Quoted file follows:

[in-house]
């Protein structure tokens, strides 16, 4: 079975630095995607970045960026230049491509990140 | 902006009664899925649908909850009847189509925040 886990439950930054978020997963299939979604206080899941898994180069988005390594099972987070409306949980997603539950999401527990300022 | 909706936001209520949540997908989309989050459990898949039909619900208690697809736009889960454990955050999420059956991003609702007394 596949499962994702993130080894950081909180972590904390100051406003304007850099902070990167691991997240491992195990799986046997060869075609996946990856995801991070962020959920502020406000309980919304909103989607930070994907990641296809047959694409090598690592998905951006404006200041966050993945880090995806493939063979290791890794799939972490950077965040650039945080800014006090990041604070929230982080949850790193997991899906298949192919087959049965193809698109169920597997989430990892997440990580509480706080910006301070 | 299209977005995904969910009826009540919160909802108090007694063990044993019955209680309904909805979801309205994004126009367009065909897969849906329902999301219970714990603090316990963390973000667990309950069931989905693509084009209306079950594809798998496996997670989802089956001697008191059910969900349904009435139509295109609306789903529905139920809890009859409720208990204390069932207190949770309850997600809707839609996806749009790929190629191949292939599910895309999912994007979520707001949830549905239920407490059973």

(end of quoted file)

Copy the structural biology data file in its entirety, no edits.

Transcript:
[in-house]
């Protein structure tokens, strides 16, 4: 079975630095995607970045960026230049491509990140 | 902006009664899925649908909850009847189509925040 886990439950930054978020997963299939979604206080899941898994180069988005390594099972987070409306949980997603539950999401527990300022 | 909706936001209520949540997908989309989050459990898949039909619900208690697809736009889960454990955050999420059956991003609702007394 596949499962994702993130080894950081909180972590904390100051406003304007850099902070990167691991997240491992195990799986046997060869075609996946990856995801991070962020959920502020406000309980919304909103989607930070994907990641296809047959694409090598690592998905951006404006200041966050993945880090995806493939063979290791890794799939972490950077965040650039945080800014006090990041604070929230982080949850790193997991899906298949192919087959049965193809698109169920597997989430990892997440990580509480706080910006301070 | 299209977005995904969910009826009540919160909802108090007694063990044993019955209680309904909805979801309205994004126009367009065909897969849906329902999301219970714990603090316990963390973000667990309950069931989905693509084009209306079950594809798998496996997670989802089956001697008191059910969900349904009435139509295109609306789903529905139920809890009859409720208990204390069932207190949770309850997600809707839609996806749009790929190629191949292939599910895309999912994007979520707001949830549905239920407490059973």